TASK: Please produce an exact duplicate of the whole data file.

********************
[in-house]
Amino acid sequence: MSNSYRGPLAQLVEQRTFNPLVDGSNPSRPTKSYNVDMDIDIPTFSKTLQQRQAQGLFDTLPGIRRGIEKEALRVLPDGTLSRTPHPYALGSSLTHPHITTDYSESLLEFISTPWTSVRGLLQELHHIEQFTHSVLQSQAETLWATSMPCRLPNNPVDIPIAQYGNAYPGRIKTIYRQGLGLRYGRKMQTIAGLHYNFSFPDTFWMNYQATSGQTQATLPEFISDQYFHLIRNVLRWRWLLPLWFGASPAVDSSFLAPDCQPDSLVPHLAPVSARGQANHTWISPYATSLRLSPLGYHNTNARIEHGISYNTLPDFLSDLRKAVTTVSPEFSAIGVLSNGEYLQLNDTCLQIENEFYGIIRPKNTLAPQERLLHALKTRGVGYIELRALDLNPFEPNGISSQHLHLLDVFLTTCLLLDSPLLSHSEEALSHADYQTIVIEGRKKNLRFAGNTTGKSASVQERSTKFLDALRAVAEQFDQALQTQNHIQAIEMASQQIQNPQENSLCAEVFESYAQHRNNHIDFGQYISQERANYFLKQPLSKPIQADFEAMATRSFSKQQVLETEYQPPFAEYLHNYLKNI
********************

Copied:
[in-house]
Amino acid sequence: MSNSYRGPLAQLVEQRTFNPLVDGSNPSRPTKSYNVDMDIDIPTFSKTLQQRQAQGLFDTLPGIRRGIEKEALRVLPDGTLSRTPHPYALGSSLTHPHITTDYSESLLEFISTPWTSVRGLLQELHHIEQFTHSVLQSQAETLWATSMPCRLPNNPVDIPIAQYGNAYPGRIKTIYRQGLGLRYGRKMQTIAGLHYNFSFPDTFWMNYQATSGQTQATLPEFISDQYFHLIRNVLRWRWLLPLWFGASPAVDSSFLAPDCQPDSLVPHLAPVSARGQANHTWISPYATSLRLSPLGYHNTNARIEHGISYNTLPDFLSDLRKAVTTVSPEFSAIGVLSNGEYLQLNDTCLQIENEFYGIIRPKNTLAPQERLLHALKTRGVGYIELRALDLNPFEPNGISSQHLHLLDVFLTTCLLLDSPLLSHSEEALSHADYQTIVIEGRKKNLRFAGNTTGKSASVQERSTKFLDALRAVAEQFDQALQTQNHIQAIEMASQQIQNPQENSLCAEVFESYAQHRNNHIDFGQYISQERANYFLKQPLSKPIQADFEAMATRSFSKQQVLETEYQPPFAEYLHNYLKNI